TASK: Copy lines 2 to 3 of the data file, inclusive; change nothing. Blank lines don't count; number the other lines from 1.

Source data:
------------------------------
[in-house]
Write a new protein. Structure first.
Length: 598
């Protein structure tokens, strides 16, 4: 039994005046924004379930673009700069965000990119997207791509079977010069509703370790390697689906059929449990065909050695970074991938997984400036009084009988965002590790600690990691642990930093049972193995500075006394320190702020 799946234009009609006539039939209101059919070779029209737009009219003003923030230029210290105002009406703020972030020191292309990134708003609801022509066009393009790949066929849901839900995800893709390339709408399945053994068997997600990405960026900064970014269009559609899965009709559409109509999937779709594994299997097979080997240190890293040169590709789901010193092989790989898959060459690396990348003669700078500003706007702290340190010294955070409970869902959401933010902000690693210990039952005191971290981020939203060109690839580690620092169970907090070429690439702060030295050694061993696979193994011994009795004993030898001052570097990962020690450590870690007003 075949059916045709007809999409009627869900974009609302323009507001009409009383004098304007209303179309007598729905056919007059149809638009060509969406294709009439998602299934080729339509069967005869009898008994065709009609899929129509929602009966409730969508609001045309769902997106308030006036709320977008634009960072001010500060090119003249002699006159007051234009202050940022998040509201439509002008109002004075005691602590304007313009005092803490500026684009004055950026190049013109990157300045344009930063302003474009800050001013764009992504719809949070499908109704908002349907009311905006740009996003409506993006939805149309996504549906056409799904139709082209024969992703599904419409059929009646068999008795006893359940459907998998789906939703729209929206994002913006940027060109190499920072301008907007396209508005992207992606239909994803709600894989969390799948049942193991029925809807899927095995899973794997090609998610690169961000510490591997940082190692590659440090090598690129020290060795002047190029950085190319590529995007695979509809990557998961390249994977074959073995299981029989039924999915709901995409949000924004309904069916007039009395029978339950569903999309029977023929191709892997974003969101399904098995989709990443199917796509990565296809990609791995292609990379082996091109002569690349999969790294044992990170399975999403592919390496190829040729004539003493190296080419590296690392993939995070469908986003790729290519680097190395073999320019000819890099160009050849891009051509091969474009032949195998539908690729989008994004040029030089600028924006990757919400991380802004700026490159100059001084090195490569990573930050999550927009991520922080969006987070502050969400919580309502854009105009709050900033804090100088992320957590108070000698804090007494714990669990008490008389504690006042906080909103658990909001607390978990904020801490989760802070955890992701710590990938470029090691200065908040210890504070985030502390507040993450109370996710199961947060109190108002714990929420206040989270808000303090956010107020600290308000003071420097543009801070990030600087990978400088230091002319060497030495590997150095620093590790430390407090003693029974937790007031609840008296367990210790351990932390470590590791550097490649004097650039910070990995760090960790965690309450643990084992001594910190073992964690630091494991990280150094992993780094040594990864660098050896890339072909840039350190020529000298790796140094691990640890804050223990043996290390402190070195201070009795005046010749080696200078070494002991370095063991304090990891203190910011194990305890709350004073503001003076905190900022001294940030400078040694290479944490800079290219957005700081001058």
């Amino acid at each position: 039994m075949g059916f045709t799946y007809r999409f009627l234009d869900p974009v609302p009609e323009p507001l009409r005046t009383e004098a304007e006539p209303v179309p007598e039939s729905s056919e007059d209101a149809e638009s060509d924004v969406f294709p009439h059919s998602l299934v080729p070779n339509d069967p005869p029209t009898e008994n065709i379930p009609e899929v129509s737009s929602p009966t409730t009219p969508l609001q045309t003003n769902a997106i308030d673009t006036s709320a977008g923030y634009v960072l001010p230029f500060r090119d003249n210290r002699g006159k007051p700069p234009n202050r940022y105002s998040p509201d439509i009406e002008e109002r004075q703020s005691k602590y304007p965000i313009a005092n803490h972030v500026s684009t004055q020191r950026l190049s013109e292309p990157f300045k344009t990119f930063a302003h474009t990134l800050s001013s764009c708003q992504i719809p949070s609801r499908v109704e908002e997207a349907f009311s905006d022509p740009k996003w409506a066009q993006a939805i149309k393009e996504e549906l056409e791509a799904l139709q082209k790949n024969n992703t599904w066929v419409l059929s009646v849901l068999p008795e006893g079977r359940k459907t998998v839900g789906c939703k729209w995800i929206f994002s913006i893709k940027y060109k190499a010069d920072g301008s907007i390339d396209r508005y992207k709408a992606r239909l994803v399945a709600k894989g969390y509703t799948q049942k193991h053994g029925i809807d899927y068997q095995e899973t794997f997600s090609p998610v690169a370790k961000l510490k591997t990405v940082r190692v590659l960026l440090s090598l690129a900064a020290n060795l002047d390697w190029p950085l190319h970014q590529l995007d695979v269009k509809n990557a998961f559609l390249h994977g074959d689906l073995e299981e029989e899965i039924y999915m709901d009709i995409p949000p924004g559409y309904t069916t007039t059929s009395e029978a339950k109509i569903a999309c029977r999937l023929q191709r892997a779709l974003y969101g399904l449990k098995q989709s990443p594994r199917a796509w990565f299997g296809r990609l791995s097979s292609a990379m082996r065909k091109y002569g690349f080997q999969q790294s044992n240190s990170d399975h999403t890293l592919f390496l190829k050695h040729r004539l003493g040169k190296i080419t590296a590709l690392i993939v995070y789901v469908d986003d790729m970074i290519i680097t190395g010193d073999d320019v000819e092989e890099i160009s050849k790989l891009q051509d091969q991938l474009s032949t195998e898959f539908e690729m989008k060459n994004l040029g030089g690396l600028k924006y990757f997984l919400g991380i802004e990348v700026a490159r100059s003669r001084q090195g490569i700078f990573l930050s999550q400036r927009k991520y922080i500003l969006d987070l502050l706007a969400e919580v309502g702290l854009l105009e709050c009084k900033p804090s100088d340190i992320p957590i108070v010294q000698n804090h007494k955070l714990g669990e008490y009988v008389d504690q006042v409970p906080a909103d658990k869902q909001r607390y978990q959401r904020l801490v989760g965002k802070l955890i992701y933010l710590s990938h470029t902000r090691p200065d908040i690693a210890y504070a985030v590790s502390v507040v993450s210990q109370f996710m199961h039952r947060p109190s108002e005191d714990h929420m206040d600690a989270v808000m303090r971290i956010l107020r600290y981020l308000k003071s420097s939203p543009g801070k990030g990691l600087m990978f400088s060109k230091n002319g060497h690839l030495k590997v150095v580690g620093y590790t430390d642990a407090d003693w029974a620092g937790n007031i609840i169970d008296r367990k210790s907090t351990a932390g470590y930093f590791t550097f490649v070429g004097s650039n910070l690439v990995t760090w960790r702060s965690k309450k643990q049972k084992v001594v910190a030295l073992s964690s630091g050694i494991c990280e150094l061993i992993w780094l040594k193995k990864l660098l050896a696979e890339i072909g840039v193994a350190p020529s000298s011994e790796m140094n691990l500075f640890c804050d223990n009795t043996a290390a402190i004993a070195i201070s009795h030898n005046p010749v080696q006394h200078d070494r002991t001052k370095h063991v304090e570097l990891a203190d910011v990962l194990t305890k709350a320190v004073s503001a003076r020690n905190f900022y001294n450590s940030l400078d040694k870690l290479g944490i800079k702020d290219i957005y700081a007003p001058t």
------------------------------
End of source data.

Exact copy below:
Write a new protein. Structure first.
Length: 598